Menu

Blog

Archive for the ‘alien life’ category: Page 68

Jul 21, 2015

Russian billionaire, Hawking announce $100 million search for ET

Posted by in category: alien life

Green Bank Telescope (credit: Geremia/Wikimedia Commons) Russian billionaire Yuri Milner, Stephen Hawking, Martin Rees, Frank Drake and others announced at The Royal Society today $100 million funding for Breakthrough Listen — the “most powerful, comprehensive, and intensive scientific search ever undertaken for signs of intelligent life beyond Earth.”

Read more

Jul 20, 2015

Stephen Hawking announces $100 million hunt for alien life — Rachel Feltman The Washington Post

Posted by in category: alien life

On Monday, famed physicist Stephen Hawking and Russian tycoon Yuri Milner held a news conference in London to announce their new project: injecting $100 million and a whole lot of brain power into the search for intelligent extraterrestrial life, an endeavor they’re calling Breakthrough Listen.

“We believe that life arose spontaneously on Earth,” Hawking said at Monday’s news conference, “So in an infinite universe, there must be other occurrences of life.” Read more

Jul 6, 2015

Evolutionary Biologist Suggests Aliens Look Like Us

Posted by in categories: alien life, astronomy, cosmology, evolution, first contact, space

According to the reputable Australian astro-enthusiast journal, SkyNews, a leading biologist says that it is surprising we have not already discovered extra-terrestrials that look like us — given the growing number of Earth-like planets now discovered by astronomers.

Planet_moonSimon Conway Morris, an evolutionary biologist suggests that aliens resembling humans must have evolved on other planets. He bases the claim on evidence that different species will independently develop similar features which means that life similar to that on Earth would also develop on equivalent planets.

The theory, known as convergence, says evolution is a predictable process which follows a rigid set of rules. Read the full story at Skynews

__________
Philip Raymond is Co-Chair of The Cryptocurrency Standards
Association [crypsa.org] and chief editor at AWildDuck.com

Jun 21, 2015

What are our rights and duties towards alien life? — Lizzie Wade | AEON

Posted by in categories: alien life, ethics, law, policy

http://cdn-imgs-mag.aeon.co/images/2015/06/wade-42-68213815-1024x641.jpg

“The ethics of encountering non-sentient alien life in our solar systems boils down to a core dilemma, says Waller. ‘Is it about conservation and preservation? Or is it about our needs, wants, and desires?’ On Earth, natural-resource grabs have a history of bringing out the worst in us as a species…There’s plenty of reason to believe other planets will be chock-full of resources we’d like to exploit, even if the life forms are microbial – perhaps especially if they’re microbial.” Read more

May 21, 2015

The International Flag of Planet Earth

Posted by in categories: alien life, astronomy, cosmology, evolution, futurism, geopolitics, gravity, sustainability, time travel, treaties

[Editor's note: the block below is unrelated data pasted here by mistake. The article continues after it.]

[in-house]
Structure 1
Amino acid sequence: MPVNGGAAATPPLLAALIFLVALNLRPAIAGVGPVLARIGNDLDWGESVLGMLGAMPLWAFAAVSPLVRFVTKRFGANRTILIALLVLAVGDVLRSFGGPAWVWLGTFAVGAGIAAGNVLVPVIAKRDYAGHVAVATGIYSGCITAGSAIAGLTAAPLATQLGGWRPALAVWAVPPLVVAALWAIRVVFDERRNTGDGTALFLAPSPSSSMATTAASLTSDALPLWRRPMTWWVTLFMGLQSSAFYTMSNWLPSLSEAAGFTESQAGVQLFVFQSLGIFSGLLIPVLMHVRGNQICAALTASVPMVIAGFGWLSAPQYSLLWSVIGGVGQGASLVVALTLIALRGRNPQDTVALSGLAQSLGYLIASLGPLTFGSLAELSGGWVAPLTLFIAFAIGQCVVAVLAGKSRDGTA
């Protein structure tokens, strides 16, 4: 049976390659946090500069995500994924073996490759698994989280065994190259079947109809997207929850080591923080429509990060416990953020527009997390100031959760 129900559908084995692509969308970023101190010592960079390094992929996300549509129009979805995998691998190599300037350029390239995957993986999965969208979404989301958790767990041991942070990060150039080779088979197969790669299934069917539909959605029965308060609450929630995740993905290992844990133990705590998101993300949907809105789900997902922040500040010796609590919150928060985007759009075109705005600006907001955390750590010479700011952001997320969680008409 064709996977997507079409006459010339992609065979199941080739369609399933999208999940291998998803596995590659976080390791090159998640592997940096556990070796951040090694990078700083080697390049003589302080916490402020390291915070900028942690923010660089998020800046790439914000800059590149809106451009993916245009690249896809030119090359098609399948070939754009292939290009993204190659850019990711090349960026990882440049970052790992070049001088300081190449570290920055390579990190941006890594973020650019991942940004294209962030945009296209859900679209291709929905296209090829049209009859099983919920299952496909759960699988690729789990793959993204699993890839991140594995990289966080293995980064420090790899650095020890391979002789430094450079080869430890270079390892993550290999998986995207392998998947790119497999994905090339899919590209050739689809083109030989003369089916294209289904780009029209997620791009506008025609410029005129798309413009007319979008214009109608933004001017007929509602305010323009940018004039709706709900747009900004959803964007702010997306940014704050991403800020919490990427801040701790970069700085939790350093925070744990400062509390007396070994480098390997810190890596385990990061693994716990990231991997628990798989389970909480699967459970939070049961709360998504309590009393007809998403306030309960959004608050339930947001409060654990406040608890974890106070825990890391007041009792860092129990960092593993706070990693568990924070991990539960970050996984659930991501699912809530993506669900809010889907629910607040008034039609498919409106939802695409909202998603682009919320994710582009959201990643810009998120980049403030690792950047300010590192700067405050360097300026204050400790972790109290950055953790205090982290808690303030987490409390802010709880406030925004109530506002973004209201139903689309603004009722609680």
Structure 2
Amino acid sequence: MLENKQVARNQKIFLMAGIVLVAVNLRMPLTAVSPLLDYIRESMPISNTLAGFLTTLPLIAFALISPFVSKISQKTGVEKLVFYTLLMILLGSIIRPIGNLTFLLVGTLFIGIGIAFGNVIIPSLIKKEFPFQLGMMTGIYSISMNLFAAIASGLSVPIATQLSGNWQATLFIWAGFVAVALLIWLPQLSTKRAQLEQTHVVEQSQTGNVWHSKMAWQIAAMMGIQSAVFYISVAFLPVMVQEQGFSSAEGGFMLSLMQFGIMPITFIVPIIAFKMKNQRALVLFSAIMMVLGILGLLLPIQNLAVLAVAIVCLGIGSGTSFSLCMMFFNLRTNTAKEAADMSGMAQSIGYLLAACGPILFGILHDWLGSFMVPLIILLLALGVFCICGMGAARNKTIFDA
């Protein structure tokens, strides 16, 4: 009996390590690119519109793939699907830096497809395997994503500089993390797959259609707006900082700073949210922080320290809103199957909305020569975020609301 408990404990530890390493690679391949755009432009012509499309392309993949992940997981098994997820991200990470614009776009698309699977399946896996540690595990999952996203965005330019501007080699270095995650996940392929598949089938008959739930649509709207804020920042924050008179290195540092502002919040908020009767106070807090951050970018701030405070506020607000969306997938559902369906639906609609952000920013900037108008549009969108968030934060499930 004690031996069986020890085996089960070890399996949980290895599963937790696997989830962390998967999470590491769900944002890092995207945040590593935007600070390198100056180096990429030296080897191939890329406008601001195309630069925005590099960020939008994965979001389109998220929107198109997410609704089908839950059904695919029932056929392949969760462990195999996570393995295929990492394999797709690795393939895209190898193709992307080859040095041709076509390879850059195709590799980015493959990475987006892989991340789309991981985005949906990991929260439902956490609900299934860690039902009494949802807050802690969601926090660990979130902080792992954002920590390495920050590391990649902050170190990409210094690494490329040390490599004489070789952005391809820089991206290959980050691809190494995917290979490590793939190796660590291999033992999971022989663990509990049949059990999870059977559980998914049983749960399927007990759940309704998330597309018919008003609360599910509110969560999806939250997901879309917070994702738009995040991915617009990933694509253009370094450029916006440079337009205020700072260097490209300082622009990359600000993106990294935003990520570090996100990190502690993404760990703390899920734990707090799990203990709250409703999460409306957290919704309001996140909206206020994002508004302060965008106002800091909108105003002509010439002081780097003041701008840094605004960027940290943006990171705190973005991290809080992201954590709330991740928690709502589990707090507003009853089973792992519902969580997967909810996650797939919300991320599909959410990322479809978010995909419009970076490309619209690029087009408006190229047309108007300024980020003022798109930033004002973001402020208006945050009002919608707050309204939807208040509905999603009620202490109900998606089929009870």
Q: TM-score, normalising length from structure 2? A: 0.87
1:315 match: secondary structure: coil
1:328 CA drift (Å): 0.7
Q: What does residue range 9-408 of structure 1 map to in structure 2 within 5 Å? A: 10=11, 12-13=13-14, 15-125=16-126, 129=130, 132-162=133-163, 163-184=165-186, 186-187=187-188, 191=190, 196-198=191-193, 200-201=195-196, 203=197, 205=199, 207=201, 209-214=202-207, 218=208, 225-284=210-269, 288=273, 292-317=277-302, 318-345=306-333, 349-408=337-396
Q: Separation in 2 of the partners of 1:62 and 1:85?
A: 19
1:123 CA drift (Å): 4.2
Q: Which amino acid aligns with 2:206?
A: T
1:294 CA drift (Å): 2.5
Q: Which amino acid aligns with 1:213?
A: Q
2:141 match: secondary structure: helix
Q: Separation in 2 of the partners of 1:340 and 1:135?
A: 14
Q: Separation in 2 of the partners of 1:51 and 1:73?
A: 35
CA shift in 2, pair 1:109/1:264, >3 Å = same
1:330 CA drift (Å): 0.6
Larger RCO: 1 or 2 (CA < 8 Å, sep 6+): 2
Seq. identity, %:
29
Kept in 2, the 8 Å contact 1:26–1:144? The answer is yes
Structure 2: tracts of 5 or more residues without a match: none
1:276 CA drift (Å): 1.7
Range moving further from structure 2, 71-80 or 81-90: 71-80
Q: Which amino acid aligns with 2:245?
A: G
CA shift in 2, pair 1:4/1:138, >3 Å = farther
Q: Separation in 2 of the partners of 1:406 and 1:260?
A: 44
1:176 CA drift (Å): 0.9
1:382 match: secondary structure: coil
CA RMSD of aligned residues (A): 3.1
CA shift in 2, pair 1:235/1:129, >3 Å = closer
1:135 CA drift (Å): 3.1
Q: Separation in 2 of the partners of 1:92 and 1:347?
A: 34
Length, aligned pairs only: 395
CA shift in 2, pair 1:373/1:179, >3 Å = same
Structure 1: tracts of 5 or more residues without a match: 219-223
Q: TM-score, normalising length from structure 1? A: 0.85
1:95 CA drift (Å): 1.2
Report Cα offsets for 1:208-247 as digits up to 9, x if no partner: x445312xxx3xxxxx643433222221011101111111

“A flag, in short, for all of earth.”

Apr 15, 2015

Our Solar System’s 9 Extraterrestrial Oceans in One Surprising Infographic

Posted by in category: alien life

By — Singularity Hub

http://cdn.singularityhub.com/wp-content/uploads/2015/04/oceanworlds-nasa-5-1000x400.jpg

When scientists looked at Mars through early telescopes, they saw a fuzzy, rust-colored globe scored by mysterious dark gashes some believed were alien canals. Later, armed with sharper images, we scoffed at such naiveté. Mars is obviously dry as a bone and uninhabited. Now, with a great deal more information from rovers and satellites, we believe Mars was once wet. As for life? The jury’s still out.

It shows how much we still have to learn (and are learning) about our solar system. Not too long ago, we only suspected one ocean of liquid water beyond Earth (on Europa). Now, thanks to robotic explorers, like NASA’s Dawn and Cassini missions, we’re finding evidence of oceans throughout the solar system. Read more

Apr 6, 2015

This Scientist Says He Keeps Finding Aliens in the Stratosphere

Posted by in category: alien life

Jason Koebler — Motherboard

http://motherboard-images.vice.com/content-images/article/20573/1428013782842238.png?crop=1xw:0.6389182058047493xh;*,*&resize=2300:*&output-format=jpeg&output-quality=90

It’s not easy convincing the world you’ve found aliens. But that’s what one British professor says he’s done, over and over again. His latest proof, he tells me, is his strongest yet. Should we take him seriously?

In fall of 2013, Milton Wainwright, a researcher at the University of Sheffield in the United Kingdom, made international headlines when he claimed that microorganisms he found in the stratosphere were not of this world. The organisms are believed to come from a class of algae called diatoms, were collected roughly 16 miles above the Earth’s surface using a balloon, and, according to Wainwright, have been raining down on the Earth, carried by meteorites, for perhaps many millennia. Read More

Jan 4, 2015

New Book: An Irreverent Singularity Funcyclopedia, by Mondo 2000’s R.U. Sirius.

Posted by in categories: 3D printing, alien life, automation, big data, bionic, bioprinting, biotech/medical, complex systems, computing, cosmology, cryptocurrencies, cybercrime/malcode, cyborgs, defense, disruptive technology, DNA, driverless cars, drones, economics, electronics, encryption, energy, engineering, entertainment, environmental, ethics, existential risks, exoskeleton, finance, first contact, food, fun, futurism, general relativity, genetics, hacking, hardware, human trajectories, information science, innovation, internet, life extension, media & arts, military, mobile phones, nanotechnology, neuroscience, nuclear weapons, posthumanism, privacy, quantum physics, robotics/AI, science, security, singularity, software, solar power, space, space travel, supercomputing, time travel, transhumanism